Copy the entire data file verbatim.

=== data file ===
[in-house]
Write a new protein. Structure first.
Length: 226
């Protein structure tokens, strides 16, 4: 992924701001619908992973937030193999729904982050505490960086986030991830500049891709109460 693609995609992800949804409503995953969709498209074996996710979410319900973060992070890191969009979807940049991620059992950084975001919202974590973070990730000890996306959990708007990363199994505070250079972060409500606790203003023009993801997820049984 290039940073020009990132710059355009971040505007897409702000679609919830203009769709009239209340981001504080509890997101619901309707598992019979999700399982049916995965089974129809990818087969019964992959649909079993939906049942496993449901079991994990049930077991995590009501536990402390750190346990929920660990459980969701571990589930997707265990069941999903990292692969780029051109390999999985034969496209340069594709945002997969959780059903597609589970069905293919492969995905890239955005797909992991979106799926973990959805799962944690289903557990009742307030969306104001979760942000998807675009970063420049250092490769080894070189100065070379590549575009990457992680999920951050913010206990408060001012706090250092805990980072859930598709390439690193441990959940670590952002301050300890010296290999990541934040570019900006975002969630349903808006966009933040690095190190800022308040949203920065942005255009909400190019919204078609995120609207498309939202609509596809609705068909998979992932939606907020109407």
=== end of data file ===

[in-house]
Write a new protein. Structure first.
Length: 226
């Protein structure tokens, strides 16, 4: 992924701001619908992973937030193999729904982050505490960086986030991830500049891709109460 693609995609992800949804409503995953969709498209074996996710979410319900973060992070890191969009979807940049991620059992950084975001919202974590973070990730000890996306959990708007990363199994505070250079972060409500606790203003023009993801997820049984 290039940073020009990132710059355009971040505007897409702000679609919830203009769709009239209340981001504080509890997101619901309707598992019979999700399982049916995965089974129809990818087969019964992959649909079993939906049942496993449901079991994990049930077991995590009501536990402390750190346990929920660990459980969701571990589930997707265990069941999903990292692969780029051109390999999985034969496209340069594709945002997969959780059903597609589970069905293919492969995905890239955005797909992991979106799926973990959805799962944690289903557990009742307030969306104001979760942000998807675009970063420049250092490769080894070189100065070379590549575009990457992680999920951050913010206990408060001012706090250092805990980072859930598709390439690193441990959940670590952002301050300890010296290999990541934040570019900006975002969630349903808006966009933040690095190190800022308040949203920065942005255009909400190019919204078609995120609207498309939202609509596809609705068909998979992932939606907020109407």